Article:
To learn more, donate, or volunteer with the organization, please visit www.ourchildrenskeeper.org.

Fighting stigma and promoting mental health-literacy at the Lee Thompson Young Foundation

Often, in addition to dealing with the struggles of mental illness, affected individuals must also face the added challenges of misconceptions, misinformation, and misunderstandings about their disease.

The Lee Thompson Young Foundation (LTY) hopes to eliminate those added challenges by encouraging mental health literacy and understanding through education and advocacy. Working with schools, community organizations, and workplaces, LTY provides training and resources to help educate the public.

The organization is named and in honor of Lee Thomspon Young, an actor who appeared in a variety of movie and television roles. Struggling with mental illness for many years, Young never shared his troubles with anyone outside of his family.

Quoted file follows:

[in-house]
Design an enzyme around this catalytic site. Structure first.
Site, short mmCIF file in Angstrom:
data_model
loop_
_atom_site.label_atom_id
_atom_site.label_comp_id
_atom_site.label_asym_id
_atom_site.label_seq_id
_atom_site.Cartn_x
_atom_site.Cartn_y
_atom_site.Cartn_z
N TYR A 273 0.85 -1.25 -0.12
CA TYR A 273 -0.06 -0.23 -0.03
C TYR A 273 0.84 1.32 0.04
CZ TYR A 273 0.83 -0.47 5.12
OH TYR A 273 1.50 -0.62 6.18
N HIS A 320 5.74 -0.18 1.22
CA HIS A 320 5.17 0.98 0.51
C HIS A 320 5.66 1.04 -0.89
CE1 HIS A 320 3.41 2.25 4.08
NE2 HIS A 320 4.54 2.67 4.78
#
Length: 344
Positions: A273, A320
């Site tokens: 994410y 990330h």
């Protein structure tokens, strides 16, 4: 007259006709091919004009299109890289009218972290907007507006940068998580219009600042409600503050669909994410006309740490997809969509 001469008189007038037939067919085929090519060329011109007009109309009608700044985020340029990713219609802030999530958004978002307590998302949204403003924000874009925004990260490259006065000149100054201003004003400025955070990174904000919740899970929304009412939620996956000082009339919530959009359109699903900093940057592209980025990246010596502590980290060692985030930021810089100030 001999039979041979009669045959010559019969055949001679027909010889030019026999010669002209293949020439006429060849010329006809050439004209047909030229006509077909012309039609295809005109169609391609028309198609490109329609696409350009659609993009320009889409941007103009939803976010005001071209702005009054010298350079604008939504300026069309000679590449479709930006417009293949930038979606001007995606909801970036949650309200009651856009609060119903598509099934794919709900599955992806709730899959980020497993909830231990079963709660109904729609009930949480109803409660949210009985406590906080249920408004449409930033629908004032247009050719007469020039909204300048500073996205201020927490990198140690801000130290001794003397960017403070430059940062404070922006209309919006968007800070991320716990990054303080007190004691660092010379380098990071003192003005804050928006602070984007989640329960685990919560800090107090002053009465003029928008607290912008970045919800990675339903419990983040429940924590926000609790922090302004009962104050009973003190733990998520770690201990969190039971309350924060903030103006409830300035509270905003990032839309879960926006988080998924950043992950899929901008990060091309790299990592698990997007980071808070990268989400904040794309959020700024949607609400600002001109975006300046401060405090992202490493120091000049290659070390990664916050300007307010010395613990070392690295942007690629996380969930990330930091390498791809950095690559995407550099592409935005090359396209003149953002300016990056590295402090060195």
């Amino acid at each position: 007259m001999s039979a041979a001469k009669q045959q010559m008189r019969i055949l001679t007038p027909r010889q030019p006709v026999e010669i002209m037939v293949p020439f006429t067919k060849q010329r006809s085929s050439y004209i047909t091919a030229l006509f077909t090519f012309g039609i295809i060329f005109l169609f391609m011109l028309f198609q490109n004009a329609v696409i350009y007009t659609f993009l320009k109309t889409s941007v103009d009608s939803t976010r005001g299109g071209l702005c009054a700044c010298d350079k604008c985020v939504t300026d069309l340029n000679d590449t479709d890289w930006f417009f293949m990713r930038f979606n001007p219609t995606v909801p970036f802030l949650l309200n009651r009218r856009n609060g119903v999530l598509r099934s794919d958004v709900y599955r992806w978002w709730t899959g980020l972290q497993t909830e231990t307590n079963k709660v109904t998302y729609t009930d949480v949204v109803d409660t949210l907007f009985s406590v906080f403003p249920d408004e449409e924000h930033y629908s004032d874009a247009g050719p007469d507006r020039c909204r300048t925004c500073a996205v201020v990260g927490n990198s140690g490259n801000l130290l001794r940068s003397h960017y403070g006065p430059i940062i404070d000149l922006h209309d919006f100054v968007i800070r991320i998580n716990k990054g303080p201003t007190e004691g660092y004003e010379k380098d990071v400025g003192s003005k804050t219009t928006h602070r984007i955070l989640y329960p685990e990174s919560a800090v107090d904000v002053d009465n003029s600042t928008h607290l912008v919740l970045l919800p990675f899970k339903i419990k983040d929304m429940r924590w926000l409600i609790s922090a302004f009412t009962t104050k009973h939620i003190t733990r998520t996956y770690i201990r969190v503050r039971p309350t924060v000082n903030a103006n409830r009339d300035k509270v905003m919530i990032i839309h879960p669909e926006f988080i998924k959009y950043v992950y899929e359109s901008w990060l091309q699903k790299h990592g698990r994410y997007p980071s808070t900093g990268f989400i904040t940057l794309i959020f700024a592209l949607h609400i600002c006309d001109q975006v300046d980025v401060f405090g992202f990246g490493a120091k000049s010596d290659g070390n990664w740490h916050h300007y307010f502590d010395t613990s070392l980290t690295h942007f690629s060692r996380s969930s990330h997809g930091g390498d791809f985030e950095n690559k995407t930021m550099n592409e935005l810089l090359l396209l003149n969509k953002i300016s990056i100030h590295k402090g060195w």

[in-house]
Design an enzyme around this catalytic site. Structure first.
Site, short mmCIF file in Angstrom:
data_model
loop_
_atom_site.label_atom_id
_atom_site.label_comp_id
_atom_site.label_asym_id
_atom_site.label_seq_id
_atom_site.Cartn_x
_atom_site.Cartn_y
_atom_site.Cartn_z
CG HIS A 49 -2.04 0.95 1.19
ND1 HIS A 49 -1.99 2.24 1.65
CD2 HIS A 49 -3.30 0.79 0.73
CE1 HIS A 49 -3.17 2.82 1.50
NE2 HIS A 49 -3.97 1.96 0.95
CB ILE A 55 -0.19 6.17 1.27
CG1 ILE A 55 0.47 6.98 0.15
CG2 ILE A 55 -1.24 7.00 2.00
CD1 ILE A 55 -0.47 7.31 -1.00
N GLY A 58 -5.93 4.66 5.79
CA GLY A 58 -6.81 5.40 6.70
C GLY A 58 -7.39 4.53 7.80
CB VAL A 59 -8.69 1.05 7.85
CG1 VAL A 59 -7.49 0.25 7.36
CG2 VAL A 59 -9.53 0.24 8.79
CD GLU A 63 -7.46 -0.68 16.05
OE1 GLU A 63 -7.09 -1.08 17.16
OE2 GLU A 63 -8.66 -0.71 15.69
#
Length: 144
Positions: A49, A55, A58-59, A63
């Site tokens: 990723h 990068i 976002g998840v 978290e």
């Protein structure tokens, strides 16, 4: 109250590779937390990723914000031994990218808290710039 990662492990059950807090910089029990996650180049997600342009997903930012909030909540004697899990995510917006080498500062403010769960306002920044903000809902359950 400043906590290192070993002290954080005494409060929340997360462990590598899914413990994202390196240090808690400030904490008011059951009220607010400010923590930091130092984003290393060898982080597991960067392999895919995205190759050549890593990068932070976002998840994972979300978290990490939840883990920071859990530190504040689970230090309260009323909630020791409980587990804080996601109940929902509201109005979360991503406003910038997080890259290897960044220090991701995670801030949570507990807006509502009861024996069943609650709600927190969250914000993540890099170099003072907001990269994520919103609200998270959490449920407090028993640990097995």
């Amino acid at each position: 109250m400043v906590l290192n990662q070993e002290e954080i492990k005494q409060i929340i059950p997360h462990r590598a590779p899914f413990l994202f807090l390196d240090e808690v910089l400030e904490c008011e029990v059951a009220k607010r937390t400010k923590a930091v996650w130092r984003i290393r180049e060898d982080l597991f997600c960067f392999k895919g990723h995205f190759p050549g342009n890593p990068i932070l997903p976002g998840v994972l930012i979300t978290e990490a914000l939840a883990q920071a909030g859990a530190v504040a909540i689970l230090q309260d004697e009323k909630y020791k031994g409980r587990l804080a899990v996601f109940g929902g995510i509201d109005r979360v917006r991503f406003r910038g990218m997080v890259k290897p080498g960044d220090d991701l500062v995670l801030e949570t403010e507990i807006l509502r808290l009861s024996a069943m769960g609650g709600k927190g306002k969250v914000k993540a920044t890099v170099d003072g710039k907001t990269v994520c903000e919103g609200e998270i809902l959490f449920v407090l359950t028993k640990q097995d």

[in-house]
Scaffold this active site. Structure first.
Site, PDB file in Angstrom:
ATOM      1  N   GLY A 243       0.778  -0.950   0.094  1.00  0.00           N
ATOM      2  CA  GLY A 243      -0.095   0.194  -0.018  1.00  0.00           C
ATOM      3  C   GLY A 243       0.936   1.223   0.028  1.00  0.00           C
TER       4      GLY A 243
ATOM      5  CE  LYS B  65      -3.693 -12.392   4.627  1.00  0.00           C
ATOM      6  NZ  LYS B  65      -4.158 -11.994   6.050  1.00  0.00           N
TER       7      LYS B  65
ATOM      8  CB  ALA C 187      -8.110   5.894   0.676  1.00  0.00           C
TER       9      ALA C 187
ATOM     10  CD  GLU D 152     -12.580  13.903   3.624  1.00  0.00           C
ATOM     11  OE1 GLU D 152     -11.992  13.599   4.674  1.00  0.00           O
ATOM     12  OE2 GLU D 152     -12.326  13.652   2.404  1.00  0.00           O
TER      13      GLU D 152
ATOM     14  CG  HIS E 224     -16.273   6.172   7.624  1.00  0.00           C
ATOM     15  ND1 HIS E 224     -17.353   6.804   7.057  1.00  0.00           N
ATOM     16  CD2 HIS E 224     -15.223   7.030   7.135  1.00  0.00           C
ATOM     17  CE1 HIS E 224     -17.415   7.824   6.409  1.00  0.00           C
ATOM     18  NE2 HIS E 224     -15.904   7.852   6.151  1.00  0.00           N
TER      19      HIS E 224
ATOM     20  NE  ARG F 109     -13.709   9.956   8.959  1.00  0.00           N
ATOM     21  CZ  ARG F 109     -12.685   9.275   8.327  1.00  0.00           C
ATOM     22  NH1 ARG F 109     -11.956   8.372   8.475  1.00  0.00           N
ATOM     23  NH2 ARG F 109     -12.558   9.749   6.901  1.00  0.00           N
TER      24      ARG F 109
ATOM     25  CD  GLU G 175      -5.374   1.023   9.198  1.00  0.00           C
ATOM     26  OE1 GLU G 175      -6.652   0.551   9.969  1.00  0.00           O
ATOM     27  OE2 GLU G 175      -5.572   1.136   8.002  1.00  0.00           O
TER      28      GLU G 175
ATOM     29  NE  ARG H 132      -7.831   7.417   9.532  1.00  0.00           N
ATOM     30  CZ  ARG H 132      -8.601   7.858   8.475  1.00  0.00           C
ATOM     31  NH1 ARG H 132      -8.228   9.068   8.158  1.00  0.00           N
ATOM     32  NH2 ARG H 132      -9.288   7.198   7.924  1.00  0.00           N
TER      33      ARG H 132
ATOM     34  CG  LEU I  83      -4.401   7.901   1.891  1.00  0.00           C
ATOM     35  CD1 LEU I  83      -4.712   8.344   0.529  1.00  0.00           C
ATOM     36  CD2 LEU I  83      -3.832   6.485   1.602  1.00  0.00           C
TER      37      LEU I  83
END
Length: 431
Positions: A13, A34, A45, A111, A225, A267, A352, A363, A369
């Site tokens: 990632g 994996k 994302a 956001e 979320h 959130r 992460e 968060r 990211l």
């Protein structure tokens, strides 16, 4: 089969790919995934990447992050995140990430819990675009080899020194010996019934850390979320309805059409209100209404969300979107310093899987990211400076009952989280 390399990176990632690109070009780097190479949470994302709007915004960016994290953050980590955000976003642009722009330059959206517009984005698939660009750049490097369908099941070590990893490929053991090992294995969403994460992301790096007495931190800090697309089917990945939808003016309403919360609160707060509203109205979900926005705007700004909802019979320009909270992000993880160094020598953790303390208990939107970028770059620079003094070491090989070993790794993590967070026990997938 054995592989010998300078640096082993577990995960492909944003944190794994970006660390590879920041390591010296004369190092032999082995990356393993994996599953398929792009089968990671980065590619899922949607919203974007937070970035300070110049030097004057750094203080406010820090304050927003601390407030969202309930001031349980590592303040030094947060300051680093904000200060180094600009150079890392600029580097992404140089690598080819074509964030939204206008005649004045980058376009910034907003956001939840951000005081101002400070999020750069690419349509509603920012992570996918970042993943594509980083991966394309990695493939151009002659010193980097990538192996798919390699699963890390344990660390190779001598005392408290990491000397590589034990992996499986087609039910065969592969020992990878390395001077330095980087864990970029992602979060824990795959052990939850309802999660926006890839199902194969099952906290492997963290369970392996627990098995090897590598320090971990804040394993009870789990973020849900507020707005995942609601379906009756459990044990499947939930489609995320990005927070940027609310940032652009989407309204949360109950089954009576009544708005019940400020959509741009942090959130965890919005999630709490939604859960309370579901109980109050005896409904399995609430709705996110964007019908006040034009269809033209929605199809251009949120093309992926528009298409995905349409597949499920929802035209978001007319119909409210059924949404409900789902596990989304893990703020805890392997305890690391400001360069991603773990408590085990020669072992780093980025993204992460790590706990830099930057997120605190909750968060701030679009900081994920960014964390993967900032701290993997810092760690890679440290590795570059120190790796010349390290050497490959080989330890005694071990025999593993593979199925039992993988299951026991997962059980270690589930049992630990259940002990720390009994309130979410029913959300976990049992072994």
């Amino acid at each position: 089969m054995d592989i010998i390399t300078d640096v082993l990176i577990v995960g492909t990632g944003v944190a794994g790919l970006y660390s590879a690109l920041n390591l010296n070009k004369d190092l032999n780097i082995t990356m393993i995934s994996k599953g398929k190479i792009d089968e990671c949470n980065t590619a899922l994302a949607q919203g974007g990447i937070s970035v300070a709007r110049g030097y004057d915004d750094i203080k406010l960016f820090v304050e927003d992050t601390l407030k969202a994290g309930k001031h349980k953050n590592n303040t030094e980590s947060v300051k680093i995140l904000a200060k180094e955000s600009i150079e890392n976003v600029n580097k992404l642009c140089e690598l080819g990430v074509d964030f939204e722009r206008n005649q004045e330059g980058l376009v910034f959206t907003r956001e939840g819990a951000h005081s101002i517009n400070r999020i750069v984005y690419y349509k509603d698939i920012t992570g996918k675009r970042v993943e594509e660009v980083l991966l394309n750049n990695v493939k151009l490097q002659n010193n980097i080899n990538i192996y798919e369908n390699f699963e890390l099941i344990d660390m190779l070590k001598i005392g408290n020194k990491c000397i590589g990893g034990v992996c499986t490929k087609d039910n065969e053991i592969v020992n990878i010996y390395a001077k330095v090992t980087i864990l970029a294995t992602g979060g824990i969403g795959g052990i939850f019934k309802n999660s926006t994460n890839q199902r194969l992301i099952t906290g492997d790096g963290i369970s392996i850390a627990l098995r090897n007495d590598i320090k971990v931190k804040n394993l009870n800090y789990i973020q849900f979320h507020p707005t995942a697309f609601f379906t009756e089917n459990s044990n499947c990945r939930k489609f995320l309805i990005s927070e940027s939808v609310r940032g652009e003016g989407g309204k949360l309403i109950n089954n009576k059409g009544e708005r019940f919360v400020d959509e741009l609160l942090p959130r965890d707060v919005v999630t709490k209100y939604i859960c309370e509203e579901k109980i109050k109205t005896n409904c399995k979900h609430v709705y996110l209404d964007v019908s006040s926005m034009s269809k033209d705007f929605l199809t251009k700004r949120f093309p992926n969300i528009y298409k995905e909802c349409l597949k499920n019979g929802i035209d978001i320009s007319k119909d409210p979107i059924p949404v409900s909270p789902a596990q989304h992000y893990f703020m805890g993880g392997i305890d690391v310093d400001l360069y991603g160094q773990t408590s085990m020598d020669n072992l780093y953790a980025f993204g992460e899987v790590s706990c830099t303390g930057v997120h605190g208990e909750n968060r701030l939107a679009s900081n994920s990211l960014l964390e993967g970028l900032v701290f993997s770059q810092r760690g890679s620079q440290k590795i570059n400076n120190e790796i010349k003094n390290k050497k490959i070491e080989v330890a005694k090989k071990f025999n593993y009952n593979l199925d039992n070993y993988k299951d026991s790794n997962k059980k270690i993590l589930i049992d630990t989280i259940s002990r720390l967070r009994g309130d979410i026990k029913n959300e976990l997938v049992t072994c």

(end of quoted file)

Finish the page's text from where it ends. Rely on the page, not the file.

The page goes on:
This, according to Young’s older sister and LTY Foundation founder Tamu Lewis, is common among those who deal with mental illness.

“I’m sure there are other people in this situation, and we need to work to destigmatize mental illness so people are ok talking about it and they can let their support networks know,” Lewis said. “We are trying to combat the shame that is associated with it.”

In hopes of removing that shame and stigma, the LTY Foundation offers advanced holistic health treatments and strives to improve the lives of all those who are impacted by mental illness. According to LTY, one in five adults in the U.S. have a mental illness, but less than half will seek treatment. Through their efforts, LTY hopes to drastically change these numbers.

Through its MIND Program (Making Informed Decisions About Mental Health), LTY works with K-12 Atlanta schools to inform and educate students about mental health. The program includes providing students with effective methods to cope with stressful situations and issues within their own lives.